The PMA has released the fifteenth issue of the "Inflation Report" in Palestine. The Report deals with consumer prices developments during the second quarter of 2015, in addition to the expected inflation rate in the following quarters of 2015 and 2016. The inflation rate has accelerated to 2.8% in 2015Q2, compared with 0.6% in the previous quarter, and 1.3% in the corresponding quarter of 2014. This acceleration was mainly driven by the huge hikes of commodity prices in Gaza Strip (GS) under the ongoing blockade, and to a lesser extent, due to the moderating decline in global commodity prices.
The Report pointed out that the changes in the West Bank (WB) prices were largely different than those in GS due to different price determinants. Price developments in the WB are highly sensitive to changes in global prices, while the blockade in GS continued to be the dominant factor. During the second quarter of 2015, prices in the WB have increased by 2.0% mainly due to the increase in food prices, while Gazan prices increased by around 4.0% as a result of increases in food prices and transportation costs.
The Report also clarifies that inflation in Palestine is mainly imported, and greatly influenced by world prices, particularly for food and oil; the decline in the prices of these two items, which account for the largest weights in Palestine's CPI basket, has driven the drop in local inflation rates.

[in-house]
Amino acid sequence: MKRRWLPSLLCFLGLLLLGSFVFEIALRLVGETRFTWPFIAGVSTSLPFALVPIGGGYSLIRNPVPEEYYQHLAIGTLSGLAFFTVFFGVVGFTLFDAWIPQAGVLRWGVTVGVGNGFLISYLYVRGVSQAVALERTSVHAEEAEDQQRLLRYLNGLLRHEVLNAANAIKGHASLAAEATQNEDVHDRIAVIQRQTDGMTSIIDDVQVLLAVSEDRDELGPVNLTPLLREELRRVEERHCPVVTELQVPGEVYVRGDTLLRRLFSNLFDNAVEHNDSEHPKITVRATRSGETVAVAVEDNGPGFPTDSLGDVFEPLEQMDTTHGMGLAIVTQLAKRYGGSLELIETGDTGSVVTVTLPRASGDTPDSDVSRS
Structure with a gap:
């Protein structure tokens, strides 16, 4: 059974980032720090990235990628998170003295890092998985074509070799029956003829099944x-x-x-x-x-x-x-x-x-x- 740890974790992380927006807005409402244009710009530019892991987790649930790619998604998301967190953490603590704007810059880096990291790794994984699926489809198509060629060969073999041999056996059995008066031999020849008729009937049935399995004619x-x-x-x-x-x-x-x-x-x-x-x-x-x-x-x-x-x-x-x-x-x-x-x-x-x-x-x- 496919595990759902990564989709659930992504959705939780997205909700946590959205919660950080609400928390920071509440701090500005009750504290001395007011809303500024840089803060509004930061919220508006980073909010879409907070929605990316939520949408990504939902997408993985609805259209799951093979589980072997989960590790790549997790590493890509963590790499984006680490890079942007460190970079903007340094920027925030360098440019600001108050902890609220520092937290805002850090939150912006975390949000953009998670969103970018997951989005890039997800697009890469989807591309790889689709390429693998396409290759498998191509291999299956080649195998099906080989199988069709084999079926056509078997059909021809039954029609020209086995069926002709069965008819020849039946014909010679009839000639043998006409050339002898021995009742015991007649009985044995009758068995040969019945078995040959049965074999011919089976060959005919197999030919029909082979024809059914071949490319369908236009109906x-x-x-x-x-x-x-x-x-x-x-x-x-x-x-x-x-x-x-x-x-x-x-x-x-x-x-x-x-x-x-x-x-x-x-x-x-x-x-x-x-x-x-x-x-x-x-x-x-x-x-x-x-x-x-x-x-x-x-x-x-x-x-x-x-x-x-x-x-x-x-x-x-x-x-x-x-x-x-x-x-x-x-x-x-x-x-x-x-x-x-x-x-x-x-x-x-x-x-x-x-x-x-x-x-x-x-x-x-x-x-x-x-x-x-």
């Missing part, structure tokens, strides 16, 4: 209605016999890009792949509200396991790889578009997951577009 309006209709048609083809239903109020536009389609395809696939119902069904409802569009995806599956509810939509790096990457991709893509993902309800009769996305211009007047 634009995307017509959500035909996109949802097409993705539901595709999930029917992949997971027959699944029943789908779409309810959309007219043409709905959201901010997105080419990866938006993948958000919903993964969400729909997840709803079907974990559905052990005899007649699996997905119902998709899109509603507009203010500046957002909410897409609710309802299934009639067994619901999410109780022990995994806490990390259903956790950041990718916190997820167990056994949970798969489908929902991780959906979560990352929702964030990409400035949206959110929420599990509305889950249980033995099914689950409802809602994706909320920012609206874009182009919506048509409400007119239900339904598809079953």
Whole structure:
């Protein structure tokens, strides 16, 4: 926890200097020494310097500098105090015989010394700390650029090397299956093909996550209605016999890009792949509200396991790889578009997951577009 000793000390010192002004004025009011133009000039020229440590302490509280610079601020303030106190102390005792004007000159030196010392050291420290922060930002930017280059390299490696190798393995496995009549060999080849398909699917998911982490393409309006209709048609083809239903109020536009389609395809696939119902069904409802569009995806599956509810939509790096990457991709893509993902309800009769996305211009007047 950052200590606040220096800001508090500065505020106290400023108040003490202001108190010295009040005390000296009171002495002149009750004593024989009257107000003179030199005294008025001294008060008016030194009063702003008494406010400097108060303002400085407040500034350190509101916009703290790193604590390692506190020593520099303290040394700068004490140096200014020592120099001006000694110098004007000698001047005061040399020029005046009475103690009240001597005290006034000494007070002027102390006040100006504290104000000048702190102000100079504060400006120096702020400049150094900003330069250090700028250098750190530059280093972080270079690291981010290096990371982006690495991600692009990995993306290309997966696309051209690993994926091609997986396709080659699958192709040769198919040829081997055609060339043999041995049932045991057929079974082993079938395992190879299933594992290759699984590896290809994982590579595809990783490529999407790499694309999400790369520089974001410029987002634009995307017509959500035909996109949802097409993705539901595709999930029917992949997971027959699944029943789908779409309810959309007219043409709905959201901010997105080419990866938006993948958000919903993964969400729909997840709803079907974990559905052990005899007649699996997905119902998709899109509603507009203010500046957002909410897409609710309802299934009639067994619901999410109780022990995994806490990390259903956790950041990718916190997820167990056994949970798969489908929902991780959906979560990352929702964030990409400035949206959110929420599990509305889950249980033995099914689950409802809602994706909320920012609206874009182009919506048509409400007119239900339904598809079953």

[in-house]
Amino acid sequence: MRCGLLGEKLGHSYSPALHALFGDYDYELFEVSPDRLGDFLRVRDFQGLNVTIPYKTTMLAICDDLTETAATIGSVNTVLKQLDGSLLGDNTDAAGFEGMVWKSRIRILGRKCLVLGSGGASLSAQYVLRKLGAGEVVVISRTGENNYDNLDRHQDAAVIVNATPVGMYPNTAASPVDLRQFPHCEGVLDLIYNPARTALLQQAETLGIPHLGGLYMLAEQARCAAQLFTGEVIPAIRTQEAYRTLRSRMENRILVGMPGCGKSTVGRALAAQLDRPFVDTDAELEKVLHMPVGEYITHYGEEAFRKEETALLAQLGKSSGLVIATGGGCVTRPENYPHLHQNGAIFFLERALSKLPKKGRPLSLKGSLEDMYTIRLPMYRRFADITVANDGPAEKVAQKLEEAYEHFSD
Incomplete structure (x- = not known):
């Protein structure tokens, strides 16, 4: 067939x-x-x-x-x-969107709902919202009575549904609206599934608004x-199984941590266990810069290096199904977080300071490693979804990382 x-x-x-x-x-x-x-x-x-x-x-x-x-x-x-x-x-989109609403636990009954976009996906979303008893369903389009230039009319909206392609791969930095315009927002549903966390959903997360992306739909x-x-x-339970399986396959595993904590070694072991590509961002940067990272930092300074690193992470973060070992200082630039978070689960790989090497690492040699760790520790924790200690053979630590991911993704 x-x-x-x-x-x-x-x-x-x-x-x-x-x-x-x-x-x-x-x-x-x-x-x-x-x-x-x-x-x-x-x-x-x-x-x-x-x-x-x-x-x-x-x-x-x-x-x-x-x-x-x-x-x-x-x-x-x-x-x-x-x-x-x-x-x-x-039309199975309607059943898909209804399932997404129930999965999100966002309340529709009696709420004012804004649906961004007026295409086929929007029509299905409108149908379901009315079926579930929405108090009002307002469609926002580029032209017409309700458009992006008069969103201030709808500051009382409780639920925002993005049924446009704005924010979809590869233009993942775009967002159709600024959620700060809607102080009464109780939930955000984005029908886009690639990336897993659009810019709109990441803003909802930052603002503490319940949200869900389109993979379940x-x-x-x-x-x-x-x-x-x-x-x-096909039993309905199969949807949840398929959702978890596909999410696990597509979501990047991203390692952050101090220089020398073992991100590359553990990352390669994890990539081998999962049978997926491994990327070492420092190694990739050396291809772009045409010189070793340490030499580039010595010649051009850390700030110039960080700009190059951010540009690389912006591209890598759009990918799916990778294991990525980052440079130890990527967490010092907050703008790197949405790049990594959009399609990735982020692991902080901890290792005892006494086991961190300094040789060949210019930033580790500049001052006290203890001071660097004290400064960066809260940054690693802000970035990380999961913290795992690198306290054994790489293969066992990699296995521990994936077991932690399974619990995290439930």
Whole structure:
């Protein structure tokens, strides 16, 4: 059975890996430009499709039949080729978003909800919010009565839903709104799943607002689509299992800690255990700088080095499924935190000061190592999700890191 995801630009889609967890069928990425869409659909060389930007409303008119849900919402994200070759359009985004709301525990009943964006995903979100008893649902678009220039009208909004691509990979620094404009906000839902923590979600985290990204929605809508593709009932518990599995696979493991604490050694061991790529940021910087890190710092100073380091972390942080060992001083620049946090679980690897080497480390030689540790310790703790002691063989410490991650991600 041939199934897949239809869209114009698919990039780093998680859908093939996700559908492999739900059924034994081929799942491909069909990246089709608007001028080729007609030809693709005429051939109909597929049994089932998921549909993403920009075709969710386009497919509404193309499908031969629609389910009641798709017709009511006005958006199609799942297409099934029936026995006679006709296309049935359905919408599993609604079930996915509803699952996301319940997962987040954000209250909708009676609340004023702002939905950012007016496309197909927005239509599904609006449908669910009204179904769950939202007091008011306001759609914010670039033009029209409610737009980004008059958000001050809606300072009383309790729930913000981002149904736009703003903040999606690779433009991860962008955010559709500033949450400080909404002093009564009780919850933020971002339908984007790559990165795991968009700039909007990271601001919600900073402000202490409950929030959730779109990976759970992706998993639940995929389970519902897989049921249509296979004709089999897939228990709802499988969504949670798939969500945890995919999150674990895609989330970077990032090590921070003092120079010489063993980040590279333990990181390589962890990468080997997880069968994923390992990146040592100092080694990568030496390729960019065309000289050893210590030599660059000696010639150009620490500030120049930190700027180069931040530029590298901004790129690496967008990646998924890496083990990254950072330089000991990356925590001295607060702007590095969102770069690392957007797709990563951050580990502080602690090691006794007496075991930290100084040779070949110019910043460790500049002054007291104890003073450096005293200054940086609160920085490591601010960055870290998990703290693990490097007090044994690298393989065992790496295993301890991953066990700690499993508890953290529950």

In order to forecast price changes in Palestine, two factors are taken into consideration. The first is the cost of imports which reflects inflation and exchange rates in trading partners; and the second is the world food price index. Overall, the Report expected that the inflation rate will drop to 1.1% in 2015Q3, compared with the previous quarter, but it will increase again after that. These forecasts reflect mainly an expected increase in cost of imports, and a forecasted decline in world food prices. However, the overall inflation in 2015 is expected to fall to 1.6%, compared to 1.7% in 2014.
However, deviations in the expected world prices and exchange rates will lead to deviations in the expected inflation rate. Thus a positive one-standard deviation shock in external conditions may increase Palestine’s inflation in 2015 from 1.6% to nearly 2.1%, while a negative one-standard deviation shock may bring it down to 1.1%.